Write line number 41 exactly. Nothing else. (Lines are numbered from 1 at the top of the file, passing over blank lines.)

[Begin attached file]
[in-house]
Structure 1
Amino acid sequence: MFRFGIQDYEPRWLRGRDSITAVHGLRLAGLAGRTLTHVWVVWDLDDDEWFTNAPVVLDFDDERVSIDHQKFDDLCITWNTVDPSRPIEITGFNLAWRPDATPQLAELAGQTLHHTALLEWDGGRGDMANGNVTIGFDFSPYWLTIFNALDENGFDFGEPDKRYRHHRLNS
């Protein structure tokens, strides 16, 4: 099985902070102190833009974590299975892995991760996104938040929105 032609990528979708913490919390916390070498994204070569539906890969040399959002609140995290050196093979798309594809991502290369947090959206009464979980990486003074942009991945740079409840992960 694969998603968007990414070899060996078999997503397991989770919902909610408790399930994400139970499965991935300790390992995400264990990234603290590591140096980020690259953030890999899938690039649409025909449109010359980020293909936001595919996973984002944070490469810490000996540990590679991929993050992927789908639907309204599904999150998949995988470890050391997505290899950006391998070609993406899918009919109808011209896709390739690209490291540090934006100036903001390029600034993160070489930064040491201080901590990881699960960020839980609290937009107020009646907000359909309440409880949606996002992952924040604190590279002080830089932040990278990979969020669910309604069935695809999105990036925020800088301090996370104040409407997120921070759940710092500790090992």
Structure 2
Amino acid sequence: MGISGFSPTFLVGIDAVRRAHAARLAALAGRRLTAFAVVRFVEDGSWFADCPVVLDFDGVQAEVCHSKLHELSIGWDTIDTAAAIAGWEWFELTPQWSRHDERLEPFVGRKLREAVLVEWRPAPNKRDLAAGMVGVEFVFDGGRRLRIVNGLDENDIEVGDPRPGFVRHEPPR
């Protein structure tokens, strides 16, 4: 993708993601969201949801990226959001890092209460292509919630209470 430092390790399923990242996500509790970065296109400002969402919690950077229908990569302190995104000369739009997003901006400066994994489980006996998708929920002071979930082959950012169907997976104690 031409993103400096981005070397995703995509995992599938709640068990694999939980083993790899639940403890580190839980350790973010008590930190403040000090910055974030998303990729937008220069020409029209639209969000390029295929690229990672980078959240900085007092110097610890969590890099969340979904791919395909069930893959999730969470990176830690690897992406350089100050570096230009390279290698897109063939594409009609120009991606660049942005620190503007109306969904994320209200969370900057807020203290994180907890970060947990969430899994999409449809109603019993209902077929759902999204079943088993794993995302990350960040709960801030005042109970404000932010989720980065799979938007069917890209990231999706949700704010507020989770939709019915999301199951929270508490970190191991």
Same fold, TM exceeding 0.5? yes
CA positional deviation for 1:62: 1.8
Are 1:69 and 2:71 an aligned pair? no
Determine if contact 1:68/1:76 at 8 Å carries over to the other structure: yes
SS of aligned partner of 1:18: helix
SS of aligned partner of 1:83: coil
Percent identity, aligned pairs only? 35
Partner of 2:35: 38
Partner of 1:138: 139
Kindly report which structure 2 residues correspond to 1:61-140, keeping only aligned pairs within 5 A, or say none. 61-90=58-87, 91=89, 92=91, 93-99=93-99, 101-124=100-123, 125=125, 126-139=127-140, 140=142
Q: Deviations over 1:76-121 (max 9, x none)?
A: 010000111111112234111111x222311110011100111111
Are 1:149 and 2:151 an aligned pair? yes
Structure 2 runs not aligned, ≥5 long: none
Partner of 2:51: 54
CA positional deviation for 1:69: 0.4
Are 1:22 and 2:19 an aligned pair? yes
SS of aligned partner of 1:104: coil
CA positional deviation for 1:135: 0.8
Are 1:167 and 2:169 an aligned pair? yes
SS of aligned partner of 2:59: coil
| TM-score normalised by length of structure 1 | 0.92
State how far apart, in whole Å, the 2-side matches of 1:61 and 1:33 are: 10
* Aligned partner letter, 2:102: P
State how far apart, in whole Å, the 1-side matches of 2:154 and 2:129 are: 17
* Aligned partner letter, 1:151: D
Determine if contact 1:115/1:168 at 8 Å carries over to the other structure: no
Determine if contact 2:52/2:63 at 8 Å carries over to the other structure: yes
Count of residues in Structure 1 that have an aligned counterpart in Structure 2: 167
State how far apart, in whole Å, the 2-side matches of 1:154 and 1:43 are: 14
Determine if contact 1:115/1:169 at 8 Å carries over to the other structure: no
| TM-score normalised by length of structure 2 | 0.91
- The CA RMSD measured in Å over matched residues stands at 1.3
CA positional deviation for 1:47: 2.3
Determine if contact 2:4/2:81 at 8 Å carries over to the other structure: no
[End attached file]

CA positional deviation for 1:47: 2.3